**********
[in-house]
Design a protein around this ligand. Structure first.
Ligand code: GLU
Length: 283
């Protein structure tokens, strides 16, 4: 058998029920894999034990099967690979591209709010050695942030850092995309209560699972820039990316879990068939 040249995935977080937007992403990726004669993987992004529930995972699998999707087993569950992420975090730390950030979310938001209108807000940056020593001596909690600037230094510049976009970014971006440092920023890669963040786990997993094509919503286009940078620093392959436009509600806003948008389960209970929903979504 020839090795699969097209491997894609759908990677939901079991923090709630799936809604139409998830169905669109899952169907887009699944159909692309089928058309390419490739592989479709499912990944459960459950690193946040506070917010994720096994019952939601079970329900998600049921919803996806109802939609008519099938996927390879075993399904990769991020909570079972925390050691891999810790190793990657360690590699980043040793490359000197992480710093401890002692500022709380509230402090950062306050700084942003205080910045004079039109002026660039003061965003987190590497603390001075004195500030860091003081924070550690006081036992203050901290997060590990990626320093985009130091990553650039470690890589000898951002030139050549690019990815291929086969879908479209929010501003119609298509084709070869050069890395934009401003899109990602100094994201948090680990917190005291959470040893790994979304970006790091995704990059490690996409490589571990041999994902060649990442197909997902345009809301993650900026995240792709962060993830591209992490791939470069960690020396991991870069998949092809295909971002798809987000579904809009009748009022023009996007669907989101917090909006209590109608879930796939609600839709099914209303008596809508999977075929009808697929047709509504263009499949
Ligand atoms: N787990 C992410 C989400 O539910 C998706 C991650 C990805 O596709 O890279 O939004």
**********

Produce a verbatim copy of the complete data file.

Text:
[in-house]
Design a protein around this ligand. Structure first.
Ligand code: GLU
Length: 283
């Protein structure tokens, strides 16, 4: 058998029920894999034990099967690979591209709010050695942030850092995309209560699972820039990316879990068939 040249995935977080937007992403990726004669993987992004529930995972699998999707087993569950992420975090730390950030979310938001209108807000940056020593001596909690600037230094510049976009970014971006440092920023890669963040786990997993094509919503286009940078620093392959436009509600806003948008389960209970929903979504 020839090795699969097209491997894609759908990677939901079991923090709630799936809604139409998830169905669109899952169907887009699944159909692309089928058309390419490739592989479709499912990944459960459950690193946040506070917010994720096994019952939601079970329900998600049921919803996806109802939609008519099938996927390879075993399904990769991020909570079972925390050691891999810790190793990657360690590699980043040793490359000197992480710093401890002692500022709380509230402090950062306050700084942003205080910045004079039109002026660039003061965003987190590497603390001075004195500030860091003081924070550690006081036992203050901290997060590990990626320093985009130091990553650039470690890589000898951002030139050549690019990815291929086969879908479209929010501003119609298509084709070869050069890395934009401003899109990602100094994201948090680990917190005291959470040893790994979304970006790091995704990059490690996409490589571990041999994902060649990442197909997902345009809301993650900026995240792709962060993830591209992490791939470069960690020396991991870069998949092809295909971002798809987000579904809009009748009022023009996007669907989101917090909006209590109608879930796939609600839709099914209303008596809508999977075929009808697929047709509504263009499949
Ligand atoms: N787990 C992410 C989400 O539910 C998706 C991650 C990805 O596709 O890279 O939004």